This weekends chore was brake maintenance on the FZ6. Having only acquired the bike in the Autumn, it was unclear when the brake fluid was last changed, and being 13 years old, the original rubber brake hose, although visually OK, were likely past their best. The rubber hoses can degrade over many years exposure to the elements, which can lead to slight bulging when pumping the brake lever and thus reducing the final pressure applied to the brake pistons and pads onto the discs. Whereas braided hoses being built around a stainless steel mesh braid are more study, will not bulge or degrade in the same way and have a longer lifespan. Continue reading “FZ6 Brake Maintenance and Braided Hose” »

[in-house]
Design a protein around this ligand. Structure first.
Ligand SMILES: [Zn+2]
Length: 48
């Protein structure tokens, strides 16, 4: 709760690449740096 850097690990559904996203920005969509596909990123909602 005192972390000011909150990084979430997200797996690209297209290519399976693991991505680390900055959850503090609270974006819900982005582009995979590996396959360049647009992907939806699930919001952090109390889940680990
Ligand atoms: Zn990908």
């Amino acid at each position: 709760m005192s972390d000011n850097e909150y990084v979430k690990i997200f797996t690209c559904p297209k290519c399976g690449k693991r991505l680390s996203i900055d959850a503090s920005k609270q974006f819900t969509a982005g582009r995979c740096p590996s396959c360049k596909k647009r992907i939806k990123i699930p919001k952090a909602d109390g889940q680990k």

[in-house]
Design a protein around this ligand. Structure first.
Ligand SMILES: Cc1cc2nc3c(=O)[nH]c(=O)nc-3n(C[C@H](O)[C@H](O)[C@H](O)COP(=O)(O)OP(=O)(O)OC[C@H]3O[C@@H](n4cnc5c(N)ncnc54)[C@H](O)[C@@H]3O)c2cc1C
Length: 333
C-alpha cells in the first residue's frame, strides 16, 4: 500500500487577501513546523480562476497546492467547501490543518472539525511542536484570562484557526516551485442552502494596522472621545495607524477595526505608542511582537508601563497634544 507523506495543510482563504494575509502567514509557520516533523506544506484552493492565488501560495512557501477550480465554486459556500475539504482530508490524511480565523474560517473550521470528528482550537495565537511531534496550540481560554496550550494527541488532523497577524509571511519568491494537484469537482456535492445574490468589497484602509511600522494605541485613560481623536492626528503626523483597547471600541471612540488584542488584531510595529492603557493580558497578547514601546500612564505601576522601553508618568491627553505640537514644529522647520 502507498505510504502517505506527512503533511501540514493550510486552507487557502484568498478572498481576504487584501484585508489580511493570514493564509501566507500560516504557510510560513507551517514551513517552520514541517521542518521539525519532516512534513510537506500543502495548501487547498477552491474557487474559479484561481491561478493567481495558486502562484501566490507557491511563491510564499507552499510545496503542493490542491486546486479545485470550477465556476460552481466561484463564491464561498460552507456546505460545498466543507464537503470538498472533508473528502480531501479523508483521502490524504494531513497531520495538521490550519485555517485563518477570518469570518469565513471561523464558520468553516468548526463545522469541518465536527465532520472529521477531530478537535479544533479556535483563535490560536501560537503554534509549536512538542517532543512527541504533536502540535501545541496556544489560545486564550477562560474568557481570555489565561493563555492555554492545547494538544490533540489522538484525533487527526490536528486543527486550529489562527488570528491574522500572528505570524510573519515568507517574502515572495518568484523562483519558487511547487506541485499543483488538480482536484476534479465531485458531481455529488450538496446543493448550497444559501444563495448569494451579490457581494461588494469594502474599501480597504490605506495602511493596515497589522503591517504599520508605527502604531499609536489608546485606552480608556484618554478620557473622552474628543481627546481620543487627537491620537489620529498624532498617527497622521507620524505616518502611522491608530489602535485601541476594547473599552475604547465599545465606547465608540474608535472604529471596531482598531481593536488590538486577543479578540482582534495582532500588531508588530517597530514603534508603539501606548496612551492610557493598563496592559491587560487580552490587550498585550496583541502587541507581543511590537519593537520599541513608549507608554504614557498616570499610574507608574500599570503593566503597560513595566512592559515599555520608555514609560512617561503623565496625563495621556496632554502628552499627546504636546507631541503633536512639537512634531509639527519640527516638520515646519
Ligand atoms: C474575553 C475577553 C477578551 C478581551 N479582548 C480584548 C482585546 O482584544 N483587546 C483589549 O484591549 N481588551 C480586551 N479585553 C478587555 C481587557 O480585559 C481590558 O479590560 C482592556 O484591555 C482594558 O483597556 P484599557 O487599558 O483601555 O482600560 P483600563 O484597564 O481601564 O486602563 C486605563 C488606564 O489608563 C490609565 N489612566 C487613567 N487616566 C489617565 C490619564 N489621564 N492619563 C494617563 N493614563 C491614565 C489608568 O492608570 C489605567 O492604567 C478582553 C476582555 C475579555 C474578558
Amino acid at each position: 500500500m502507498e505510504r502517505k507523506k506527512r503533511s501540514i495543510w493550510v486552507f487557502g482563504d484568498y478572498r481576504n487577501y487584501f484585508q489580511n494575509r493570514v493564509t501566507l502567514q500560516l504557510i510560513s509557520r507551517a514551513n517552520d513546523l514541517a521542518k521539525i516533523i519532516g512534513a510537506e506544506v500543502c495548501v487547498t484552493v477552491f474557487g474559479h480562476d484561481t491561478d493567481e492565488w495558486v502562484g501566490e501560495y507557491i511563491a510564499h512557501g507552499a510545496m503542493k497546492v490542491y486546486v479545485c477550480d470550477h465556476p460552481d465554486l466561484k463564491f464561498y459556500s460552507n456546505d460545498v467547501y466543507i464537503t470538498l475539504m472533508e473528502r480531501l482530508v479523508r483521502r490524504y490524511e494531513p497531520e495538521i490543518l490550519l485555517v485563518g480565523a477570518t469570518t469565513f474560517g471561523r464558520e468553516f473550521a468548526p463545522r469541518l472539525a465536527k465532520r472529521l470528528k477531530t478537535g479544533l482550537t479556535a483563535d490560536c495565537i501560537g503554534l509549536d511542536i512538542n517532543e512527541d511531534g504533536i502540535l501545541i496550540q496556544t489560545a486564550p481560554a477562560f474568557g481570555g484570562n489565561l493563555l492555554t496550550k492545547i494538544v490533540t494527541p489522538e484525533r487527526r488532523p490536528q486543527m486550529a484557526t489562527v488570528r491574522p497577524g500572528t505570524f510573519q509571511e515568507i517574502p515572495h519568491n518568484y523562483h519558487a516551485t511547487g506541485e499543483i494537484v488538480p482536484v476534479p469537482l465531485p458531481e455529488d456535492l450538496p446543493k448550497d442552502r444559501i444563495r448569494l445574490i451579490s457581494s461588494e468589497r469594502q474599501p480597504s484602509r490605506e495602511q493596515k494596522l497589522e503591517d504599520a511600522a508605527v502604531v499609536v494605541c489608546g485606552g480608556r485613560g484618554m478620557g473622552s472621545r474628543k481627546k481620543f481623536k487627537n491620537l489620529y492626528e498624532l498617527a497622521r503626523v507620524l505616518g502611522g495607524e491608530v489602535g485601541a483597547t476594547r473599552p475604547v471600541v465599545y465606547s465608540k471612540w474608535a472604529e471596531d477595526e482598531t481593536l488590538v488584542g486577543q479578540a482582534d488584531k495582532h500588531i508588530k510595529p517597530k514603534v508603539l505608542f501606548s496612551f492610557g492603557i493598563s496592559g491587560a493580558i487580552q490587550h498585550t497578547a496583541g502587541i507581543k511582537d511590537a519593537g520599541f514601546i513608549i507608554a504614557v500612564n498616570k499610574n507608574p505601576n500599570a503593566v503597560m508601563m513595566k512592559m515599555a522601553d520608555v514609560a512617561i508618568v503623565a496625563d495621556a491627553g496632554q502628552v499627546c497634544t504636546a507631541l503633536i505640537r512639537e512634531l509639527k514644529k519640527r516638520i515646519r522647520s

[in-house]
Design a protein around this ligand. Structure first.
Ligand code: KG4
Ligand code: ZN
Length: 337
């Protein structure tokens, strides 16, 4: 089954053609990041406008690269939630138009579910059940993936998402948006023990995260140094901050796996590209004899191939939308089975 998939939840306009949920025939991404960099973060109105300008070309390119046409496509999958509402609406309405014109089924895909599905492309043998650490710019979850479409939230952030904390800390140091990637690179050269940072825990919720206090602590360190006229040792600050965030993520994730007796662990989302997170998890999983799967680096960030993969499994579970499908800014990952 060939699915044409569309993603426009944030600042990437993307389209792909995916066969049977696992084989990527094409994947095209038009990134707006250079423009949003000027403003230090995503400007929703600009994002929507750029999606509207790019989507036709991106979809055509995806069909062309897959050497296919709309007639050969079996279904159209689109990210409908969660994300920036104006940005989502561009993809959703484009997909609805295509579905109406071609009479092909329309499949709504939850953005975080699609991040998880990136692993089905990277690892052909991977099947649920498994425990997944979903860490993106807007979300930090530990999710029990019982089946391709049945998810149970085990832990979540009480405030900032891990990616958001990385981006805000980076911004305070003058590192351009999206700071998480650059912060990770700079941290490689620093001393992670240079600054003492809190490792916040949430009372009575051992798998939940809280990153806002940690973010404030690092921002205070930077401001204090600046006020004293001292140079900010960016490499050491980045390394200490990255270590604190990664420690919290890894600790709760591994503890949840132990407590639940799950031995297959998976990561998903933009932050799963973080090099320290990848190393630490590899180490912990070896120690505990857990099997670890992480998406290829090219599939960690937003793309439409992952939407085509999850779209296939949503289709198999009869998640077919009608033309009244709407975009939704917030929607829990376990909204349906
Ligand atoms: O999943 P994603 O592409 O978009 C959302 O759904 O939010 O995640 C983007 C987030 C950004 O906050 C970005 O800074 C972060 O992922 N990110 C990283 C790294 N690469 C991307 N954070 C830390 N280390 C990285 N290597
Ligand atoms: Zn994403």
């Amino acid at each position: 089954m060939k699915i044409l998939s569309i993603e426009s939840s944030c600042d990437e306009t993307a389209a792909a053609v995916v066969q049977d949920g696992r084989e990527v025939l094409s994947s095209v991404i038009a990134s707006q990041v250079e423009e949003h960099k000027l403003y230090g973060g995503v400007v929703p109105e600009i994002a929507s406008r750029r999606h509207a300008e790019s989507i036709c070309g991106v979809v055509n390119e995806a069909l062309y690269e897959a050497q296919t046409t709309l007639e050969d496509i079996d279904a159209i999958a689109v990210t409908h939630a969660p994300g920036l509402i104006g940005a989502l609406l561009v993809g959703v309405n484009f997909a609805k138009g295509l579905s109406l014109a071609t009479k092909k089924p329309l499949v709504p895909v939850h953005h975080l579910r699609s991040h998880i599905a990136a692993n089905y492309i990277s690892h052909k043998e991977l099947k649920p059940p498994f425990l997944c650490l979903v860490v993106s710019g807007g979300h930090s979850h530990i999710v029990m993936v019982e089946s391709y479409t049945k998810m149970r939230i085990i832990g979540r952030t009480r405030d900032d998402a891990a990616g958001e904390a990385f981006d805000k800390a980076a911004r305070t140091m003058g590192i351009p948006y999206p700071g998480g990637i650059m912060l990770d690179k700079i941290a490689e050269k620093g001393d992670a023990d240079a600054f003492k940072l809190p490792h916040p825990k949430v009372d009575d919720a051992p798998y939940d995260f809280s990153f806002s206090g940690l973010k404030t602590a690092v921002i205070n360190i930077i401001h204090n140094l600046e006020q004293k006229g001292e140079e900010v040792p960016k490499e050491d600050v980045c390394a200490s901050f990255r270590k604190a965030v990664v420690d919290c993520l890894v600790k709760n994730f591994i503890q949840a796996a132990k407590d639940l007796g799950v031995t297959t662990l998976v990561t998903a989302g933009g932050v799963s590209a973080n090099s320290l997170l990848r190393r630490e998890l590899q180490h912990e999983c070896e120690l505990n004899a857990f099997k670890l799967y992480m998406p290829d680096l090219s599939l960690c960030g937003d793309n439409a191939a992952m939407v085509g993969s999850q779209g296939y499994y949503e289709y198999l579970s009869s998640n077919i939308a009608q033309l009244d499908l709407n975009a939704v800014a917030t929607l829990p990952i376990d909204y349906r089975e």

How much for a pair of sock?! Socks are socks, aren’t they? As a self confessed
cheap skate frugal shopper, I purchase almost all of my socks and underwear from budget supermarkets opting for whatever socks seems study enough to last a while. So when Soxsmith asked me to review some technical motorcycle socks, I was very interested to see how they stacked up and if they’re really worth the extra outlay. Yep, I must be getting old to appreciate being given socks… Continue reading “Soxsmith Comodo Motorcycle Sock Review” »
Didn’t have a great start the other morning. Should have known better.